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iManage, Issue #013 -- 3 Steps to Dealing with Negativity in the Workplace
August 05, 2010
Hi

3 Steps to Dealing with Negativity in the Workplace

I once witnessed a team of young, predominantly female employees on an assembly line. They were a happy bunch. Working conditions, pay and prospects were good and they had a capable, intuitive manager. They took pride in their work, enjoyed the "craic" (as they say in Ireland!) and yields were high.

That was until Nora was hired. Nora had worked in a number of places and was more "wordly wise" than the group. She tended to see things from a negative perspective and was quick to educate the team in the differences between "them" and "us". Her work output was also below standard.

In a short period of time, morale was noticeably lower. Friendly smiles were replaced with hushed tones and unhappy faces. And as the mood dropped, so too did yields.

Nora was spoken to on a number of occasions to no avail. She was let go in a short space of time. The team were visibly upset at first, but they recovered and eventually morale (and yields) went back up again.

So is dismissal the answer if you have an employee with a negative mindset, who is undermining team performance?

Possibly, but as with any management decision, you need to make sure it is the right one. Have you exhausted all other avenues? Here are 3 steps to help you consider your options.

Step 1: Does Nora have a point?

One of the biggest challenges we face as managers is to really listen to what others have to say. Too often, managers believe their viewpoint is right, which usually makes other people wrong. Could Nora have a genuine issue that needs to be dealt with? Is the situation (and Nora) being judged too quickly? Ask good, probing questions to get the facts (from a number of sources).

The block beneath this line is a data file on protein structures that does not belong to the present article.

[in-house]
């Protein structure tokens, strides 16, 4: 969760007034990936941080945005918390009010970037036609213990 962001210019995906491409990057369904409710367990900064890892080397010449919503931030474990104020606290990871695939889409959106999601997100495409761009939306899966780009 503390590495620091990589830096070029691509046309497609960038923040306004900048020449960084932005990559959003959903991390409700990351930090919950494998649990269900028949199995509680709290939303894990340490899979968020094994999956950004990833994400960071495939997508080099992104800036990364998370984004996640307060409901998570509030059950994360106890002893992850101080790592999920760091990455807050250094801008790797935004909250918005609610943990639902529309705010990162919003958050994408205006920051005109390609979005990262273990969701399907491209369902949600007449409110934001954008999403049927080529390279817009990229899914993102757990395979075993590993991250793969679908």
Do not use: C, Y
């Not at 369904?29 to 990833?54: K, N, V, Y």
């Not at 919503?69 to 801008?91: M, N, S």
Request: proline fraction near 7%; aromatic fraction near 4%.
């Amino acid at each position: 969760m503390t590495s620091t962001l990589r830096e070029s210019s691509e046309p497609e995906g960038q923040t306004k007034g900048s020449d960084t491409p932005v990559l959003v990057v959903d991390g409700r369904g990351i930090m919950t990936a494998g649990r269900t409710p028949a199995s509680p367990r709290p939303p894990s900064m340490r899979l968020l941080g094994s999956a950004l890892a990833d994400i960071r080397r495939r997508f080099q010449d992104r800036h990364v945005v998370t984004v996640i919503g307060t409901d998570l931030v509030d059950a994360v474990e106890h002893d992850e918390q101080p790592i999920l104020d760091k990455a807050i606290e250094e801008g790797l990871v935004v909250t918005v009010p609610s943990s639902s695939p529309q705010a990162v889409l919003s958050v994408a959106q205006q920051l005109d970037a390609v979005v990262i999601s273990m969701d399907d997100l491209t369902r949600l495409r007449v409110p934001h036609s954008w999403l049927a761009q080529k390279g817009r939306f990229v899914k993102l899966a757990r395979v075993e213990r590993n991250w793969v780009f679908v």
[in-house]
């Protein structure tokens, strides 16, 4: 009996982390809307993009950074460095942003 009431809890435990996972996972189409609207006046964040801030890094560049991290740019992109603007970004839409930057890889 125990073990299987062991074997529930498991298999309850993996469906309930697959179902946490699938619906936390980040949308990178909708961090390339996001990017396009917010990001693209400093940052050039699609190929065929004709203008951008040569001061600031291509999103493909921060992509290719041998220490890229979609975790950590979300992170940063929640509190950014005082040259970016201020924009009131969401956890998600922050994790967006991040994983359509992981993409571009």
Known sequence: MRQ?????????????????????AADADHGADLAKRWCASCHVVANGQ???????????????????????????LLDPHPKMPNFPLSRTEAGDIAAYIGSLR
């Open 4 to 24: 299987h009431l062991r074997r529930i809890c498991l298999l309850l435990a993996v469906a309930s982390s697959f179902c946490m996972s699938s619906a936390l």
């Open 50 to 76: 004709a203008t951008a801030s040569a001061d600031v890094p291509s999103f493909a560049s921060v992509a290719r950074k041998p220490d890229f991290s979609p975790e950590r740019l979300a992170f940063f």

Step 2: How would Nora like it to be?

We can all get stuck in a negative spiral. We see problems where others might see opportunities. And sometimes all we need is to get it "off our chest" so that we feel better and can move on. As a manager, being a good listener might be the right approach in this situation.

Questions such as "How would you like it to be?" asked at the right time could help Nora to visualise a more positive place. Your job is then to help her explore what she needs to do to get there.

Step 3: Have you been fair to Nora?

I have seen two common approaches by managers to dealing with employees who are having a destructive effect on the team's morale.

Shotgun Sam shoots from the hip. He doesn't waste time hanging around. At the first sign of trouble Nora is out the door, no questions asked. This might work; and some situations do warrant instant dismissal. The downside is that if the situation is not clearcut, it can create an atmosphere of fear and a lack of openness in the workplace. This can negatively impact honest, healthy communication - which is not good for business.

Avoidance Annie, on the other hand, ignores the problem and hopes it will go away. Again this might work. But the danger is that employees will see her as a weak manager and she will lose their respect. And if that happens, she will lose a whole lot more in terms of productivity, morale and so on.

So what is an alternative approach? If you follow a a set procedure, such as a verbal warning, a written warning and a final warning, you can make it very clear to Nora what you expect from her. Your employees will see that you are not acting on impulse, yet are still dealing with the situation.

Faced with a negative Nora, think carefully about your options and the way ahead. Your employees and your business need you to make the right decision.


If you want to learn more about managing employee performance, download our Motivation and Performance Appraisal Audio Guide to give you new perspectives. Or if you have a specific question you would like answered, Click here.

Best wishes

Ann Halloran

From cool and rainy Ireland. Off to Spain tomorrow. It is 35 - 40 degrees there and I can't wait. Hope you are enjoying your summer..



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